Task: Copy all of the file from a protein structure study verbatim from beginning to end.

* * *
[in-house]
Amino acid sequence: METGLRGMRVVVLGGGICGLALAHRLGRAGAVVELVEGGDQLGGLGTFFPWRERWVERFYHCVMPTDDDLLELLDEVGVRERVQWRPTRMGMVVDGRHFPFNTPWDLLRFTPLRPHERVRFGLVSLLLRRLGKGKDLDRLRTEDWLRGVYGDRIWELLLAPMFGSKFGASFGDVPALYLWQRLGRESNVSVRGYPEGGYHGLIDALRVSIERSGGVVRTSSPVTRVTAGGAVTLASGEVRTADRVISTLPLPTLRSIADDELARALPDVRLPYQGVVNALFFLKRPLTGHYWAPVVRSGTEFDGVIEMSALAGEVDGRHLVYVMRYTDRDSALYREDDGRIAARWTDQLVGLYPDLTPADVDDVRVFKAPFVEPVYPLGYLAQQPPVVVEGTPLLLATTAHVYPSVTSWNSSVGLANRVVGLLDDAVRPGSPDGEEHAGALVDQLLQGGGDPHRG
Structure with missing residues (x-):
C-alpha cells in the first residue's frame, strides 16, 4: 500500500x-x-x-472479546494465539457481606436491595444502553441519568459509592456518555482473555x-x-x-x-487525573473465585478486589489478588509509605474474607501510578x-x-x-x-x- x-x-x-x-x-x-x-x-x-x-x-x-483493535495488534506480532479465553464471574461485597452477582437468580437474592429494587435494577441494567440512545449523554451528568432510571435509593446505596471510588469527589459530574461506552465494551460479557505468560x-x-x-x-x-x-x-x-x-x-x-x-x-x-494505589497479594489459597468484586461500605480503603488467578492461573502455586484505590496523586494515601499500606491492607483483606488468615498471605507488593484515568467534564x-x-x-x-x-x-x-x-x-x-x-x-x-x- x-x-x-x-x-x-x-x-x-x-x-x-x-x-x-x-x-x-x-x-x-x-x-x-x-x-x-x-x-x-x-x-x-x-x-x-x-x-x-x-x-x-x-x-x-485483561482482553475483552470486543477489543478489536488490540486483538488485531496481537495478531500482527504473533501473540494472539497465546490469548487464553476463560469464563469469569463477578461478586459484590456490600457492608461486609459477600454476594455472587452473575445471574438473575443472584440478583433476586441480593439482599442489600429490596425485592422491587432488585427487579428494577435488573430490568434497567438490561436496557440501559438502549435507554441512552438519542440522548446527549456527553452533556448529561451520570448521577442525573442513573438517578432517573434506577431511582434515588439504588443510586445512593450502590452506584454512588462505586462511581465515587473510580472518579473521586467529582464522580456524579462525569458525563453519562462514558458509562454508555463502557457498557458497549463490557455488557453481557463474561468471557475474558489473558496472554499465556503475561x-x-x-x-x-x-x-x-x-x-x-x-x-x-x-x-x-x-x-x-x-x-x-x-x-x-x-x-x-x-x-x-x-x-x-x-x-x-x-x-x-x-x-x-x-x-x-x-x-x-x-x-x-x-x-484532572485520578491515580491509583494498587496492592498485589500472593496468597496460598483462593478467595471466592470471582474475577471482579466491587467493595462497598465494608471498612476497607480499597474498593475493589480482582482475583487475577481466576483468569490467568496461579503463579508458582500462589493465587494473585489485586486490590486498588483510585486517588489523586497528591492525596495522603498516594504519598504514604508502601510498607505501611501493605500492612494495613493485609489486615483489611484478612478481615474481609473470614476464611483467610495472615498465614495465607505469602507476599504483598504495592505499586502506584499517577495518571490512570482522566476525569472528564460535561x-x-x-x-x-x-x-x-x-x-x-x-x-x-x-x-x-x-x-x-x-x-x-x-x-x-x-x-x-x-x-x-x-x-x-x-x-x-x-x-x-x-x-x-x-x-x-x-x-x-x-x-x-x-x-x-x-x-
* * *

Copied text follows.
[in-house]
Amino acid sequence: METGLRGMRVVVLGGGICGLALAHRLGRAGAVVELVEGGDQLGGLGTFFPWRERWVERFYHCVMPTDDDLLELLDEVGVRERVQWRPTRMGMVVDGRHFPFNTPWDLLRFTPLRPHERVRFGLVSLLLRRLGKGKDLDRLRTEDWLRGVYGDRIWELLLAPMFGSKFGASFGDVPALYLWQRLGRESNVSVRGYPEGGYHGLIDALRVSIERSGGVVRTSSPVTRVTAGGAVTLASGEVRTADRVISTLPLPTLRSIADDELARALPDVRLPYQGVVNALFFLKRPLTGHYWAPVVRSGTEFDGVIEMSALAGEVDGRHLVYVMRYTDRDSALYREDDGRIAARWTDQLVGLYPDLTPADVDDVRVFKAPFVEPVYPLGYLAQQPPVVVEGTPLLLATTAHVYPSVTSWNSSVGLANRVVGLLDDAVRPGSPDGEEHAGALVDQLLQGGGDPHRG
Structure with missing residues (x-):
C-alpha cells in the first residue's frame, strides 16, 4: 500500500x-x-x-472479546494465539457481606436491595444502553441519568459509592456518555482473555x-x-x-x-487525573473465585478486589489478588509509605474474607501510578x-x-x-x-x- x-x-x-x-x-x-x-x-x-x-x-x-483493535495488534506480532479465553464471574461485597452477582437468580437474592429494587435494577441494567440512545449523554451528568432510571435509593446505596471510588469527589459530574461506552465494551460479557505468560x-x-x-x-x-x-x-x-x-x-x-x-x-x-494505589497479594489459597468484586461500605480503603488467578492461573502455586484505590496523586494515601499500606491492607483483606488468615498471605507488593484515568467534564x-x-x-x-x-x-x-x-x-x-x-x-x-x- x-x-x-x-x-x-x-x-x-x-x-x-x-x-x-x-x-x-x-x-x-x-x-x-x-x-x-x-x-x-x-x-x-x-x-x-x-x-x-x-x-x-x-x-x-485483561482482553475483552470486543477489543478489536488490540486483538488485531496481537495478531500482527504473533501473540494472539497465546490469548487464553476463560469464563469469569463477578461478586459484590456490600457492608461486609459477600454476594455472587452473575445471574438473575443472584440478583433476586441480593439482599442489600429490596425485592422491587432488585427487579428494577435488573430490568434497567438490561436496557440501559438502549435507554441512552438519542440522548446527549456527553452533556448529561451520570448521577442525573442513573438517578432517573434506577431511582434515588439504588443510586445512593450502590452506584454512588462505586462511581465515587473510580472518579473521586467529582464522580456524579462525569458525563453519562462514558458509562454508555463502557457498557458497549463490557455488557453481557463474561468471557475474558489473558496472554499465556503475561x-x-x-x-x-x-x-x-x-x-x-x-x-x-x-x-x-x-x-x-x-x-x-x-x-x-x-x-x-x-x-x-x-x-x-x-x-x-x-x-x-x-x-x-x-x-x-x-x-x-x-x-x-x-x-484532572485520578491515580491509583494498587496492592498485589500472593496468597496460598483462593478467595471466592470471582474475577471482579466491587467493595462497598465494608471498612476497607480499597474498593475493589480482582482475583487475577481466576483468569490467568496461579503463579508458582500462589493465587494473585489485586486490590486498588483510585486517588489523586497528591492525596495522603498516594504519598504514604508502601510498607505501611501493605500492612494495613493485609489486615483489611484478612478481615474481609473470614476464611483467610495472615498465614495465607505469602507476599504483598504495592505499586502506584499517577495518571490512570482522566476525569472528564460535561x-x-x-x-x-x-x-x-x-x-x-x-x-x-x-x-x-x-x-x-x-x-x-x-x-x-x-x-x-x-x-x-x-x-x-x-x-x-x-x-x-x-x-x-x-x-x-x-x-x-x-x-x-x-x-x-x-x-